Timothy Wilson: The Use of DNA in United States

I’m a big science geek…I love the wonder of science and how science plays a BIG part in forensic science. I’ve spent the majority of my career doing the ‘DNA’ thing—sampling, extraction, cell work—ya know, some of the cool stuff.

So with the marriage of DNA and forensics, thanks to Sir Alec Jeffreys, I became even more of a science geek. Sir Alec Jeffreys and the Colin Pitchfork case revolutionized the use of DNA in investigations by showing the world how science can help convict (and exonerate) individuals.

Read more about Sir Alec Jeffreys and Colin Pitchfork Case here.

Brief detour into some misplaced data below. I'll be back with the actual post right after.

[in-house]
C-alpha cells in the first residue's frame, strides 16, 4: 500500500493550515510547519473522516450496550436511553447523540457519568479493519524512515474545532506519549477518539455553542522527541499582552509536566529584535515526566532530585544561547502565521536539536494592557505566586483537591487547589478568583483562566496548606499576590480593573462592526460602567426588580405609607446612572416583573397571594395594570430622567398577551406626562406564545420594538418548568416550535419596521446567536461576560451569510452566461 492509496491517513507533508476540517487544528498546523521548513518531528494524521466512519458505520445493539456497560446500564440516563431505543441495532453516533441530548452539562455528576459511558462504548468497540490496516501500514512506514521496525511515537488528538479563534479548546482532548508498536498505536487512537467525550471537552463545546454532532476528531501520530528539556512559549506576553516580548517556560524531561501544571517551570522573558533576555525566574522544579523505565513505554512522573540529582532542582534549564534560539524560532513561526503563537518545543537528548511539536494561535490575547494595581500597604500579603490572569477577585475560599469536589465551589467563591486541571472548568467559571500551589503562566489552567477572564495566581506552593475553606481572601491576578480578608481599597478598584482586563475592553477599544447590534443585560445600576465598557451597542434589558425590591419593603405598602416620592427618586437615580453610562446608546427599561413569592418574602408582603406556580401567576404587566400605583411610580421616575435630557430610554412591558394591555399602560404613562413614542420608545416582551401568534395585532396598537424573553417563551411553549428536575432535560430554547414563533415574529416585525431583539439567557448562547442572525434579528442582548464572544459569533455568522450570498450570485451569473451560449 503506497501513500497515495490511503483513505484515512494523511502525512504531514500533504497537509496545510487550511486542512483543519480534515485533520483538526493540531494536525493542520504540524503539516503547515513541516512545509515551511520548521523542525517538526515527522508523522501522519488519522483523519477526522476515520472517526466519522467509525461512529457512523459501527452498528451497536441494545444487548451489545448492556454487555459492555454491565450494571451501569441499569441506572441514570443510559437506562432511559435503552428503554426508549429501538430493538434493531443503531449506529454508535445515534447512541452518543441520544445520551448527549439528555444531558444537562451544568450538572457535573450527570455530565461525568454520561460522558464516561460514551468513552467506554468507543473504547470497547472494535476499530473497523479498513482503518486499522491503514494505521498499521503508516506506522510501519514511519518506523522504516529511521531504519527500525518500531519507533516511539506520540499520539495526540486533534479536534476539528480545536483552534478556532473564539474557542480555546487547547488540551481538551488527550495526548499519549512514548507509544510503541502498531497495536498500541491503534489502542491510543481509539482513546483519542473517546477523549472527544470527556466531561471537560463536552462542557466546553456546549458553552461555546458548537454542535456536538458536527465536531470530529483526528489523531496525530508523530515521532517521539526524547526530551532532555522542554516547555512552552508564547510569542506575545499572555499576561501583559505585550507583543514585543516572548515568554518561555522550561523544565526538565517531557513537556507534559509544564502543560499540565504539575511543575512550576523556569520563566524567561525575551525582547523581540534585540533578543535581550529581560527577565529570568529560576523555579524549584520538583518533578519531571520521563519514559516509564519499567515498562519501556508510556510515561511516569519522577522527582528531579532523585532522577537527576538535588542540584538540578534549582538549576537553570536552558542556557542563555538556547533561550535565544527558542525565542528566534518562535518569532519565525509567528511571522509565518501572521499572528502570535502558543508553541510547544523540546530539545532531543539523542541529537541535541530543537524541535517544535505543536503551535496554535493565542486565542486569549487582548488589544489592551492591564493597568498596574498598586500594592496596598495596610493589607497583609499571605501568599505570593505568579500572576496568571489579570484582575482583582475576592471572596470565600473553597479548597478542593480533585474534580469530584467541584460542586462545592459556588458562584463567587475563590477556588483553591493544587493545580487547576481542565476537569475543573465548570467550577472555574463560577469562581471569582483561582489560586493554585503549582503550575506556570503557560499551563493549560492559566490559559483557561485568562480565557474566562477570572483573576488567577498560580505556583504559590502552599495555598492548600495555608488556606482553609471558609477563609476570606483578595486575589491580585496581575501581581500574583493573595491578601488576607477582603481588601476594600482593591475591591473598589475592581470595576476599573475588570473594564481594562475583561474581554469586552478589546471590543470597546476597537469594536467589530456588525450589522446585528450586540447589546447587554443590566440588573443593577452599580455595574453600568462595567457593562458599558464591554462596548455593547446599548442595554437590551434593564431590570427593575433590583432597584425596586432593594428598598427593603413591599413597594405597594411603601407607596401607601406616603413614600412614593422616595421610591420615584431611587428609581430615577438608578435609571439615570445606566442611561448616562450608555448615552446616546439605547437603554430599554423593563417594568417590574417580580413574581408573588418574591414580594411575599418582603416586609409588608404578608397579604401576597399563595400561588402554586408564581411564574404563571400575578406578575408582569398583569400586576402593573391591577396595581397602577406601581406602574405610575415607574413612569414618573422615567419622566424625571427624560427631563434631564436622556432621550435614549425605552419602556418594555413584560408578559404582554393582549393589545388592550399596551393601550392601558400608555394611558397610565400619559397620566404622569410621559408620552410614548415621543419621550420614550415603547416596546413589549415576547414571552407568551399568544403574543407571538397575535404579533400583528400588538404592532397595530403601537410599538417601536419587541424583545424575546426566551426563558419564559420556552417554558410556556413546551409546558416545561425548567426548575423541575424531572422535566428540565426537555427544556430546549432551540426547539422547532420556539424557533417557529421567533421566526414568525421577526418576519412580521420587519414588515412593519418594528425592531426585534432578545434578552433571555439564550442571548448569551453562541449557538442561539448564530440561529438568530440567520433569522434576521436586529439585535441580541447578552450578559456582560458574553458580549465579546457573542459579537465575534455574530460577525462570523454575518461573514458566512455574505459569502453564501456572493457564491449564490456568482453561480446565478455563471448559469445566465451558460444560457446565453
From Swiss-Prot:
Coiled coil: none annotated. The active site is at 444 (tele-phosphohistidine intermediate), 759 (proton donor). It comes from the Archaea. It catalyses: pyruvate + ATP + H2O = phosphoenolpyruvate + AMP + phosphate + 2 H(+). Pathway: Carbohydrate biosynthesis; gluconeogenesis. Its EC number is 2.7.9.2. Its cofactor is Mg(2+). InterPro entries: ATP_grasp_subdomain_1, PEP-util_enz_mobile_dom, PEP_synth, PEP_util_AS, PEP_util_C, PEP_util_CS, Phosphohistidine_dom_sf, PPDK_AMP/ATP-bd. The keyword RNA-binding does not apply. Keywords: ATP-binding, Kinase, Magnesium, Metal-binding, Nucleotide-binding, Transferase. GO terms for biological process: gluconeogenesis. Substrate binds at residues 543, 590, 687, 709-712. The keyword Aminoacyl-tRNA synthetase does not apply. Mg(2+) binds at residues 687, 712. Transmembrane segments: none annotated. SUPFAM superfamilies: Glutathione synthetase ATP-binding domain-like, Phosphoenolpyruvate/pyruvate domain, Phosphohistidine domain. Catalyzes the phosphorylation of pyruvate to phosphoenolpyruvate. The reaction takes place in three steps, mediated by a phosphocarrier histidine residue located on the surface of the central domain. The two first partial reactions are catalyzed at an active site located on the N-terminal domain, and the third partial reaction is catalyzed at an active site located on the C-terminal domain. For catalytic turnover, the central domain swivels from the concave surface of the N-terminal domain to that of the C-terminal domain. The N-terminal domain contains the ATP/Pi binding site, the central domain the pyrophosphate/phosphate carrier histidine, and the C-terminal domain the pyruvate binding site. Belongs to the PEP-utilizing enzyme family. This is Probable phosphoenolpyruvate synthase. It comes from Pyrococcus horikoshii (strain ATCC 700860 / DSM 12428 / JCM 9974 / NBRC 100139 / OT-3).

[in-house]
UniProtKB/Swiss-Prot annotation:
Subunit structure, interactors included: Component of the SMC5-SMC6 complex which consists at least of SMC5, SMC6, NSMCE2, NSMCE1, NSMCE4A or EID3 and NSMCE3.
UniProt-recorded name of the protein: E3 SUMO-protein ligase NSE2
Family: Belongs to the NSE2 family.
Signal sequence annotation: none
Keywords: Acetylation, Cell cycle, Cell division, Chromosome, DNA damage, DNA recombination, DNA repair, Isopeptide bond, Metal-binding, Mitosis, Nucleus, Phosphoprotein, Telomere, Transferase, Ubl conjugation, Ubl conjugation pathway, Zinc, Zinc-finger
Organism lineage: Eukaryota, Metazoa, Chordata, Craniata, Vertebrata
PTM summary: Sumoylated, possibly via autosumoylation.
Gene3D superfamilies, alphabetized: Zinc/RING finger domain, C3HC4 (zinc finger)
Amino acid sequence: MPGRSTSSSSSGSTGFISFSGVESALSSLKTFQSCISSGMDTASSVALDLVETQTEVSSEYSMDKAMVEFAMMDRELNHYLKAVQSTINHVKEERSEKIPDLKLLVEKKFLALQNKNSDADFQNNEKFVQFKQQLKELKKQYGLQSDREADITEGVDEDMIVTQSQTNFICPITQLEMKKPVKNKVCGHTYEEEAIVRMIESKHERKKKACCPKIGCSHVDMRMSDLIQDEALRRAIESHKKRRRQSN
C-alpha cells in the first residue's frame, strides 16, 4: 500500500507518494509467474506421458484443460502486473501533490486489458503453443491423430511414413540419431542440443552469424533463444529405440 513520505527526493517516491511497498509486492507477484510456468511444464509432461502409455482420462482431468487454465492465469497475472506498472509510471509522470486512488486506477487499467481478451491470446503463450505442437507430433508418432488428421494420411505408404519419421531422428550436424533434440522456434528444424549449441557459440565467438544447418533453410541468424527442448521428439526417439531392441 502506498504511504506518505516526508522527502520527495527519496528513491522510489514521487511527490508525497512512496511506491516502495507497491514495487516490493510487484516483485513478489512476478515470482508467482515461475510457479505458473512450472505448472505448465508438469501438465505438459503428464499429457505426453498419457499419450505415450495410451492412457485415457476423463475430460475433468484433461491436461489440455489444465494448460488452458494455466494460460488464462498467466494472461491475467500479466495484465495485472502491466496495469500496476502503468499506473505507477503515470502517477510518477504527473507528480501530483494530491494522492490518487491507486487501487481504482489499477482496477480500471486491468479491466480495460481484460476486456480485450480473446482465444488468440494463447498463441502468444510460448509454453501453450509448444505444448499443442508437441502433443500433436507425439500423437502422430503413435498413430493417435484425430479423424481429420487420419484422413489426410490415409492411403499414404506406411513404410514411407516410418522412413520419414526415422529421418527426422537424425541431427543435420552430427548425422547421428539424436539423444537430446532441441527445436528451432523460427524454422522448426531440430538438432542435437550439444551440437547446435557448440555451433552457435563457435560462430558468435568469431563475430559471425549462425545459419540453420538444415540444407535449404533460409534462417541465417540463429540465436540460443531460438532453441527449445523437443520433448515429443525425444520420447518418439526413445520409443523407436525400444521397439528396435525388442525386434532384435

Back in September 1987 DNA was barely known and yet it became a power house in the case of the Southside Strangler (Timothy Spencer).

Coined the Southside Strangler, Timothy Spencer was convicted of raping and strangling four women over 11 weeks in 1987. There were no victims to identify him and no fingerprint evidence was found at the scenes. The only thing that linked him to the crime scenes was the results of the DNA tests: semen found at the crime scene was linked to his blood.

This year will mark 30 years since he was convicted of murder based on DNA evidence and thus becoming the first person in the United States to have DNA evidence presented during his trial.

DNA is now considered a foundation in investigations such as veterinary forensics, wildlife forensics, and is now more common place than ever. With kits that promote people tracking down their ancestry, DNA continues to be a powerful tool.

Watch here to learn more about Timothy Spencer and the use of DNA in his case.